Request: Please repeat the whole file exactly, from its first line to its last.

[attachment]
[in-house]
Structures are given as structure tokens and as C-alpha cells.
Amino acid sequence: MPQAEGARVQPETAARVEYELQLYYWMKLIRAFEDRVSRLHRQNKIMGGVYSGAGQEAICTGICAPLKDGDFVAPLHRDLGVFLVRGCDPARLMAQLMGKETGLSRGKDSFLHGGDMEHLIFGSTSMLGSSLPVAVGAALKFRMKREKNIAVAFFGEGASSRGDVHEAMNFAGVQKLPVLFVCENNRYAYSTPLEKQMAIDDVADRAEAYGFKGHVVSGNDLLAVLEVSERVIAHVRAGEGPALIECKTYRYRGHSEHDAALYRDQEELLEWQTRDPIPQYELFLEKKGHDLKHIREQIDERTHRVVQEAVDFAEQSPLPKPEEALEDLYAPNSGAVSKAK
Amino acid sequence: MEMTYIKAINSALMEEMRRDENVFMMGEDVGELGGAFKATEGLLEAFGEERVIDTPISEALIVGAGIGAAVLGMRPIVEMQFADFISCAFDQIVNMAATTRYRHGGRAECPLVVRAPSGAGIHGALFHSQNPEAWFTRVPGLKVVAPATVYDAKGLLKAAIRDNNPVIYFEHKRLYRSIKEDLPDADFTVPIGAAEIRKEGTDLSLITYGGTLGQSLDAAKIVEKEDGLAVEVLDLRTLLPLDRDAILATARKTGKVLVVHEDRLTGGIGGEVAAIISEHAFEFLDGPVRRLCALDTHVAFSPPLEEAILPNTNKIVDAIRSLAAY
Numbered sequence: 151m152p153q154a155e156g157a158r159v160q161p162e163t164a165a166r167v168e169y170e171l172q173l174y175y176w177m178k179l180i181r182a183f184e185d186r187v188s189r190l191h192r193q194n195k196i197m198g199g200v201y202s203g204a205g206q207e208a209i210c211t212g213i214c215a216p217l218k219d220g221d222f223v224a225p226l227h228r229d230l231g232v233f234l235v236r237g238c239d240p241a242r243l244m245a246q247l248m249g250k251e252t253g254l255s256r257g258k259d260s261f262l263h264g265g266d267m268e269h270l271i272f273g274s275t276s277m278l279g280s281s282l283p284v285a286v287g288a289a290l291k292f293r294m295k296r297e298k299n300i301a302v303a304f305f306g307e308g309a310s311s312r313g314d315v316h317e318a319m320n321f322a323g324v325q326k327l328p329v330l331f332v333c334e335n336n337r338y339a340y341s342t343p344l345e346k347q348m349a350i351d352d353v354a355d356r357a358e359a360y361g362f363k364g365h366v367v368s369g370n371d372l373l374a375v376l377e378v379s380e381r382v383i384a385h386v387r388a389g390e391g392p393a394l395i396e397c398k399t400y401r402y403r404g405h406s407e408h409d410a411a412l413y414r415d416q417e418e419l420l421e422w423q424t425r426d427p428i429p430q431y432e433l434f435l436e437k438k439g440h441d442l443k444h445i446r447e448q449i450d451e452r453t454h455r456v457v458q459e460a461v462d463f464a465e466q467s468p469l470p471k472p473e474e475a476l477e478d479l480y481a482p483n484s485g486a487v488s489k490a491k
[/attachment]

[in-house]
Structures are given as structure tokens and as C-alpha cells.
Amino acid sequence: MPQAEGARVQPETAARVEYELQLYYWMKLIRAFEDRVSRLHRQNKIMGGVYSGAGQEAICTGICAPLKDGDFVAPLHRDLGVFLVRGCDPARLMAQLMGKETGLSRGKDSFLHGGDMEHLIFGSTSMLGSSLPVAVGAALKFRMKREKNIAVAFFGEGASSRGDVHEAMNFAGVQKLPVLFVCENNRYAYSTPLEKQMAIDDVADRAEAYGFKGHVVSGNDLLAVLEVSERVIAHVRAGEGPALIECKTYRYRGHSEHDAALYRDQEELLEWQTRDPIPQYELFLEKKGHDLKHIREQIDERTHRVVQEAVDFAEQSPLPKPEEALEDLYAPNSGAVSKAK
Amino acid sequence: MEMTYIKAINSALMEEMRRDENVFMMGEDVGELGGAFKATEGLLEAFGEERVIDTPISEALIVGAGIGAAVLGMRPIVEMQFADFISCAFDQIVNMAATTRYRHGGRAECPLVVRAPSGAGIHGALFHSQNPEAWFTRVPGLKVVAPATVYDAKGLLKAAIRDNNPVIYFEHKRLYRSIKEDLPDADFTVPIGAAEIRKEGTDLSLITYGGTLGQSLDAAKIVEKEDGLAVEVLDLRTLLPLDRDAILATARKTGKVLVVHEDRLTGGIGGEVAAIISEHAFEFLDGPVRRLCALDTHVAFSPPLEEAILPNTNKIVDAIRSLAAY
Numbered sequence: 151m152p153q154a155e156g157a158r159v160q161p162e163t164a165a166r167v168e169y170e171l172q173l174y175y176w177m178k179l180i181r182a183f184e185d186r187v188s189r190l191h192r193q194n195k196i197m198g199g200v201y202s203g204a205g206q207e208a209i210c211t212g213i214c215a216p217l218k219d220g221d222f223v224a225p226l227h228r229d230l231g232v233f234l235v236r237g238c239d240p241a242r243l244m245a246q247l248m249g250k251e252t253g254l255s256r257g258k259d260s261f262l263h264g265g266d267m268e269h270l271i272f273g274s275t276s277m278l279g280s281s282l283p284v285a286v287g288a289a290l291k292f293r294m295k296r297e298k299n300i301a302v303a304f305f306g307e308g309a310s311s312r313g314d315v316h317e318a319m320n321f322a323g324v325q326k327l328p329v330l331f332v333c334e335n336n337r338y339a340y341s342t343p344l345e346k347q348m349a350i351d352d353v354a355d356r357a358e359a360y361g362f363k364g365h366v367v368s369g370n371d372l373l374a375v376l377e378v379s380e381r382v383i384a385h386v387r388a389g390e391g392p393a394l395i396e397c398k399t400y401r402y403r404g405h406s407e408h409d410a411a412l413y414r415d416q417e418e419l420l421e422w423q424t425r426d427p428i429p430q431y432e433l434f435l436e437k438k439g440h441d442l443k444h445i446r447e448q449i450d451e452r453t454h455r456v457v458q459e460a461v462d463f464a465e466q467s468p469l470p471k472p473e474e475a476l477e478d479l480y481a482p483n484s485g486a487v488s489k490a491k